2. 5 out of 5

    Leah Hortin

    Definitely an interesting read! I found myself wanting a little more though... The book is mostly recipes and resources, I would have liked a little more dialog. The recipes themselves look good but there are a number of them that require ingredients I have never even heard of, or that require a dehydrator which I don't and probably won't ever own. A lot of them are also very labor intensive so I tended to shy away from a number of them; but I do have quite a few bookmarked! This book is obviousl Definitely an interesting read! I found myself wanting a little more though... The book is mostly recipes and resources, I would have liked a little more dialog. The recipes themselves look good but there are a number of them that require ingredients I have never even heard of, or that require a dehydrator which I don't and probably won't ever own. A lot of them are also very labor intensive so I tended to shy away from a number of them; but I do have quite a few bookmarked! This book is obviously targeted toward vegans and not those that are contemplating it, though he does make a compelling argument to its environmental importance. I'm not necessarily pro-vegan but I am a conscientious eater - both for my own health and wellness but also for the environment. I tend to buy local and organic when I can and we don't eat a lot of meat to begin with, and very rarely beef. I love that he is an athlete and a lot of his recipes are geared toward pre-workout energy and post-workout recovery. I will definitely be using his sports drink and energy gel recipes for my training.

  3. 4 out of 5

    Maeve

    I have to check out his other books. This book reaffirmed why I became vegan and is a wonderful guide to healthy food choices written by an Ironman triathlete.

  4. 5 out of 5

    Max

    It has some nice information, but the recipes are a bit too weird for me!

  5. 4 out of 5

    Stacey

    Just got this and can't wait to try some recipes this weekend.

  6. 4 out of 5

    Lindsey

    Good intro to the cookbook. Really enjoyed the science behind plant-based eating. Wasn't the biggest fan of the recipes although they sounded delicious for someone who is a little bit more adventurous with food.

  7. 4 out of 5

    Barb

    Good Information and some good recipes.

  8. 5 out of 5

    Ron

    Worth it to read the first 126 pages before the recipes. I found insightful the concepts of nutritional stress and nutrient to resource ratio, which provide good rationales to drastically reduce meat consumption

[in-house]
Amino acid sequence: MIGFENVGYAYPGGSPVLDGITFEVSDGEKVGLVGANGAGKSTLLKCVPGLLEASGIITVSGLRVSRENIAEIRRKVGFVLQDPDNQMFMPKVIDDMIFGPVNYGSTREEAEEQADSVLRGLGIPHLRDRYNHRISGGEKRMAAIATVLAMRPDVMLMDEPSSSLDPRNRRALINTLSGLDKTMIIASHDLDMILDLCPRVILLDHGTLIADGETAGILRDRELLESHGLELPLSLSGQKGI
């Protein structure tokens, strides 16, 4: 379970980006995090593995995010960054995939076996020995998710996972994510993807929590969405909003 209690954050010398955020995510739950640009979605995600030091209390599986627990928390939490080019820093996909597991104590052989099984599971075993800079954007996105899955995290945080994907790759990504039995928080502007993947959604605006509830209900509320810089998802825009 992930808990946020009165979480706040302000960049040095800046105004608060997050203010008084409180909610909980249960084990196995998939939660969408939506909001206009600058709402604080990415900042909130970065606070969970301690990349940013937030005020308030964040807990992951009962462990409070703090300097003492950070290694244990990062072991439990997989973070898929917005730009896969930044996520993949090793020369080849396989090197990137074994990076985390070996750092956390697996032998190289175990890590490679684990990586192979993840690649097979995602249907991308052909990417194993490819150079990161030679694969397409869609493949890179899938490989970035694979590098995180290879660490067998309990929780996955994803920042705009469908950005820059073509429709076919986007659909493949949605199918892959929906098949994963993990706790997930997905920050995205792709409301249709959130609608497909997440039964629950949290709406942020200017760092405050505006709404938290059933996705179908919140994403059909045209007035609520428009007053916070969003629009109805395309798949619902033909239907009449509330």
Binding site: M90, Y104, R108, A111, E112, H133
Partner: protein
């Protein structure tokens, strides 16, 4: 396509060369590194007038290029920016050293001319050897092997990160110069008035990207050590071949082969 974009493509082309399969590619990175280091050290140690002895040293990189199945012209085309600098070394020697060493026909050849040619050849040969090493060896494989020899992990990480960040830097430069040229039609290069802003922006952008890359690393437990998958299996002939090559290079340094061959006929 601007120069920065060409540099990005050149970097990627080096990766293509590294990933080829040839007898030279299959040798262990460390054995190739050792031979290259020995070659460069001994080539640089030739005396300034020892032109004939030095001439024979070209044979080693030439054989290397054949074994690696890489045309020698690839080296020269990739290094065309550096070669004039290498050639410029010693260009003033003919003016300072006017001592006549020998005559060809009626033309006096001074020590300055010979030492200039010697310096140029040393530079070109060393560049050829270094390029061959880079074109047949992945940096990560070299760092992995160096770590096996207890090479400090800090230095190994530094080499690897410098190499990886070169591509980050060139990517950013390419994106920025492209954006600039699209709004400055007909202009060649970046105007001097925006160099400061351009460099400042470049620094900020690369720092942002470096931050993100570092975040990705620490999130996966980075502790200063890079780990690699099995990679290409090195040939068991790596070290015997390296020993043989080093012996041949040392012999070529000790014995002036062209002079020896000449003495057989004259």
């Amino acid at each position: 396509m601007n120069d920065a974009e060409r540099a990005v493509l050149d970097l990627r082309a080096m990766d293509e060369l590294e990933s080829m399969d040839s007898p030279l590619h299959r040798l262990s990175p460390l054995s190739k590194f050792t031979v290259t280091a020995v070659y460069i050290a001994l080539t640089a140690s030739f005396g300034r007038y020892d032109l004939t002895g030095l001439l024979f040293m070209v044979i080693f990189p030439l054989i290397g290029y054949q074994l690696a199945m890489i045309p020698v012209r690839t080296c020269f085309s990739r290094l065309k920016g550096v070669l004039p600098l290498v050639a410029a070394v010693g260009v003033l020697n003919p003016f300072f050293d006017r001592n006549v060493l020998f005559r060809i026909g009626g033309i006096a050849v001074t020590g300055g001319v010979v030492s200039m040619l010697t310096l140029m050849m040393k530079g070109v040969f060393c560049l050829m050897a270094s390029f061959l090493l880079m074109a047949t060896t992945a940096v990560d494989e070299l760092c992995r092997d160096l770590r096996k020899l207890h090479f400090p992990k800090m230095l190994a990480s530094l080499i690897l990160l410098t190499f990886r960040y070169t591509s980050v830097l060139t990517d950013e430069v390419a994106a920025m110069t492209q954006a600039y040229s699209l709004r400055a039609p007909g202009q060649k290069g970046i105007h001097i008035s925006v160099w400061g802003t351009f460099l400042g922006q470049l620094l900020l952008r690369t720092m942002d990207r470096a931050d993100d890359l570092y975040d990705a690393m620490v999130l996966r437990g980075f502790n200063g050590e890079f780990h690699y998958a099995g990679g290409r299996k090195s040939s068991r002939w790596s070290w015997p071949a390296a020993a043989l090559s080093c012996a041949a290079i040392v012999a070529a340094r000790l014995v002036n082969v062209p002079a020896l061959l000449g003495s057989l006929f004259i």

9. 4 out of 5

    Misha

    A great source for high energy, environmental friendly, nutrient dense foods. The first 130 pages speak about the environmental costs food production has on our society. Though I agree with him in many of his arguments, there were a few things I thought were inflated. That being said, I think many of his points resonated with me. First, if you are eating healthy (and by healthy I mean no processed food whatsoever, no refined sugar, just natural goodness) you do not have to limit your intake of f A great source for high energy, environmental friendly, nutrient dense foods. The first 130 pages speak about the environmental costs food production has on our society. Though I agree with him in many of his arguments, there were a few things I thought were inflated. That being said, I think many of his points resonated with me. First, if you are eating healthy (and by healthy I mean no processed food whatsoever, no refined sugar, just natural goodness) you do not have to limit your intake of food. I agree. Ever since I have switched to this kind of diet, I have not counted calories or watched what I ate. Due to a chronic virus I have contracted, I have not been able to exercise for 9 months. I have not seen any weight gain, in fact, I have noticed the pudgy muffin top that would threaten me with several of my pants, was no longer a threat. I feel good and arguably look better too. Being sick has facilitated me in my research about healthy food and completely turned around my thinking of how I eat. How I wish I would have done this BEFORE I got sick, and prevented this virus. The author wrote this book in response of all the research he gathered in trying to find the best foods that maximized his athletic performance (he is a professional iron man triathlete). What he found he wanted to share with the world. Yes, I have become a 'hippy' in several respects and will go buy some hemp seed at the local co-op. But--I can honestly say it has made a huge difference. I'd suggest this book to anyone who wants an introduction in how our food is becoming less nutrient dense, the cost on society and understanding why making the switch is so important on all levels. The recipes definitely look earthy, but I'm excited to try them and continue to know I'm giving my body the best possible nutrients for recovery!